Garden Planning vs. Plant Collecting


DO YOU BUY PLANTS WITHOUT KNOWING WHERE YOU'RE GOING TO PUT THEM? If so, welcome to my club: Like me, you're probably more of a plant collector than a garden planner.

Now the odd thing about my being a plant collector is that, when I talk to other people about gardening, I encourage them to be garden planners.

This is the standard advice given to gardeners: Take some time (preferably in the off-season), sit down with a map of your property (preferably to scale), and plan what you want to do where.

This is not only standard advice but also good advice, definitely the way to proceed if you want to use your money and time efficiently and avoid having to undo sudden inspirations that later turn out to have been mistakes. It also helps to ensure that you will have planting sites that are suitable for the plants you want to grow. And perhaps most important of all, this is a more natural approach to gardening. When you plan your garden, you are treating it as a plant community rather than as a collection of individual plants. This is how nature does it, too.

Make no mistake: This is a good thing to do. I encourage it. People have even paid me, on occasion, to create garden plans for them, for precisely this reason.

And yet when it comes to my own garden, I barely plan at all. I have a general idea of where I'm headed (e.g., "front yard = woodland garden"), and I do devote some time to figuring out where to put whatever trees I want to include in my design. But most other planting decisions are driven by what I purchase. And what I purchase is driven by a combination of what's available with the kind of have-to-have-it-right-now craving that is known only to the hardened collector. If you're a collector, you know what I talking about. If you're not, you'll never understand.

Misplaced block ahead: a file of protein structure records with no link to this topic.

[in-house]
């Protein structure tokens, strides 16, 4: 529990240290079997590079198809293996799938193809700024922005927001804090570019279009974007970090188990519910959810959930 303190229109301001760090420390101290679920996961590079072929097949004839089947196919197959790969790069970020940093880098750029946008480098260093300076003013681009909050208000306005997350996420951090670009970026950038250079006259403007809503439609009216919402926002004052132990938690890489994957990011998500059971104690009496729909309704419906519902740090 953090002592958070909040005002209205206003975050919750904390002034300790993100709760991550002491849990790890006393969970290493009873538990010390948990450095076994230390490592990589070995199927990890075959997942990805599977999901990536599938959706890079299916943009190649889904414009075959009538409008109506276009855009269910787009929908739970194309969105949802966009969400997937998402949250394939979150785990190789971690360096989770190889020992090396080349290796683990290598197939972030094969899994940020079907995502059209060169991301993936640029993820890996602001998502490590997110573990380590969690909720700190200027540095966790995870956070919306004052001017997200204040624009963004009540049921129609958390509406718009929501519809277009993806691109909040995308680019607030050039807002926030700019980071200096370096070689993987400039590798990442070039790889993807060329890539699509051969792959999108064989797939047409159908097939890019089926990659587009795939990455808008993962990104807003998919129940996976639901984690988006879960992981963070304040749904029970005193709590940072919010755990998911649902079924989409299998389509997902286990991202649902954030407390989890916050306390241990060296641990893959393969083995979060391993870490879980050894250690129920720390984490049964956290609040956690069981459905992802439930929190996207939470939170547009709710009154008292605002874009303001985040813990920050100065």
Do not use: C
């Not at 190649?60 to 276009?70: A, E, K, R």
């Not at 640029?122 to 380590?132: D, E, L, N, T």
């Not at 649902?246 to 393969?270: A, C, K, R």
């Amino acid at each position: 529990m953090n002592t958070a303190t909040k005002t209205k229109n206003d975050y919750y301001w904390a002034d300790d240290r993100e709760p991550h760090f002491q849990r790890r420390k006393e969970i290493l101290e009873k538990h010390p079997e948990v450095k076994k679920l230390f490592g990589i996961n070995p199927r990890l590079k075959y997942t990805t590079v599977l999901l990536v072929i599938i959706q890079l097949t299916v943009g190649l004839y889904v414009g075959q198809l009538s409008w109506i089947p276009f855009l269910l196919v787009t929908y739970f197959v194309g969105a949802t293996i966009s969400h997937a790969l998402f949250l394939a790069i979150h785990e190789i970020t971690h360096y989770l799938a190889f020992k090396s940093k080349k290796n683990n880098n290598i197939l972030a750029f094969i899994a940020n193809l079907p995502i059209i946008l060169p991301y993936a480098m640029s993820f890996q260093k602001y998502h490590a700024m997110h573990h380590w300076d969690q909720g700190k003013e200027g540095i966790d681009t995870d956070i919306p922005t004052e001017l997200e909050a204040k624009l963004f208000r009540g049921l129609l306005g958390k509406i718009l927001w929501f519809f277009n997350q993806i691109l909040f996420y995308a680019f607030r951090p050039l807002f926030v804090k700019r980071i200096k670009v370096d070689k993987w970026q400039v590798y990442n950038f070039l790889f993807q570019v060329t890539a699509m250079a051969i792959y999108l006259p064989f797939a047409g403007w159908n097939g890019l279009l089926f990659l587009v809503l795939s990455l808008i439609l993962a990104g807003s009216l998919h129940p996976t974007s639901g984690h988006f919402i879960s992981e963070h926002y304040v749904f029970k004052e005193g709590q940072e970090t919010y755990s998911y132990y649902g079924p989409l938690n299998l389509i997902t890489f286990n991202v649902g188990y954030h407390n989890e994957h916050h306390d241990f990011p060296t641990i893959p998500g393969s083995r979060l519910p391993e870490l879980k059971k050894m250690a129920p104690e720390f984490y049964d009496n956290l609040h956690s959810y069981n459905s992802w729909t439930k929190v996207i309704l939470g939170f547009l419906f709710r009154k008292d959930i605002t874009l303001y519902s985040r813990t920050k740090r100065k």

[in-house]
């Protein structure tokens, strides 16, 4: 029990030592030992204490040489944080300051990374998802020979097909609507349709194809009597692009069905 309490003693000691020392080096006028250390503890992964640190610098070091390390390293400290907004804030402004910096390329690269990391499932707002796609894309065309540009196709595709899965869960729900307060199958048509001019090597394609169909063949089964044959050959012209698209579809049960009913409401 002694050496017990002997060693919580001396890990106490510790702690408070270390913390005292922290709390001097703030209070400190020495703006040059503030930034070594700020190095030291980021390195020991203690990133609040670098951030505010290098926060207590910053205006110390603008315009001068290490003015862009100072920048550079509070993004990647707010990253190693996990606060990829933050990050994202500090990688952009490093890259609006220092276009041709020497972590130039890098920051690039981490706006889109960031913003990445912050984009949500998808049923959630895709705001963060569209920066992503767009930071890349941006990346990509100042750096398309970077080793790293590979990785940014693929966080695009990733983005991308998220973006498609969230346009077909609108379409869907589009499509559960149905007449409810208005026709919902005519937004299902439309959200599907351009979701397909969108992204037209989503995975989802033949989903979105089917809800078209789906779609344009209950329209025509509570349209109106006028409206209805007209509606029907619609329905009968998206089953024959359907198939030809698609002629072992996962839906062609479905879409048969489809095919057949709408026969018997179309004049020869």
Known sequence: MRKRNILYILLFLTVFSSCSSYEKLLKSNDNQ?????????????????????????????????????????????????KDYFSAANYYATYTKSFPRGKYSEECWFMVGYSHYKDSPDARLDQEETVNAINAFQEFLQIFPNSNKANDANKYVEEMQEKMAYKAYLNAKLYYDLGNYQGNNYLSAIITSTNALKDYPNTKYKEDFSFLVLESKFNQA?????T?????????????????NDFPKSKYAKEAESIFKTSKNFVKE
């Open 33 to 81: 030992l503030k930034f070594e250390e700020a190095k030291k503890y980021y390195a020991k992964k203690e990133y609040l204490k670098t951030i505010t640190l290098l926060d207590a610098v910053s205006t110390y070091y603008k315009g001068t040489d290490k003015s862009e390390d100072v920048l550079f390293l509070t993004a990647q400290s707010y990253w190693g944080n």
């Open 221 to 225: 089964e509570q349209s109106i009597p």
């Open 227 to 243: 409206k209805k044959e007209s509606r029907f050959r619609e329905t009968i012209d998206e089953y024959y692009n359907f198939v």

If you're a plant collector, you may also do what I end up doing: Namely, I buy plants because I have-to-have-them, even though I don't know where I'm going to put them. I see that Jane is selling a Dodecatheon, for example, and I buy it even though my forlorn front yard isn't ready for this woodland plant yet. The photo above shows Jane's Dodecatheon in a pot on my deck, which is the only spot I could think of for it, along with Jane's Erythronium and one of Jodi's Podophyllums. They'll live there, happily I hope, until my woodland garden is ready for them.

In the meantime, I consider myself lucky to be a native plant enthusiast. Limiting myself to native or "nearly native" plants helps to curb my appetite for plants, much as specializing in Wedgewood humidors might restrain the pottery enthusiast's purchases of expensive breakables.

Being a native plant fan also helps to create the illusion that I am a good garden planner. As long as I stick to natives and nearly-natives, and as long as I do eventually create good sites for them, the plants I'm buying so impulsively probably will be able to form a community. That's because so many of them probably were part of the same, or similar, communities in nature.

Nature can be very kind -- even to her plant collectors.

1 comment:

jodi said...

Giggle. I have more than a few plants sitting in my holding area (the greenhouse) while I make up my mind where they want to live. Part of this is because i'm waiting for a truckload of soil, but of course now I'm also waiting for the waters to recede somewhat here. My 'chocolate' garden needs to have more soil to raise it up a few inches before i plant it, and some parts of the existing garden also need to be raised and replanted. All in good time...or that's my story...:-)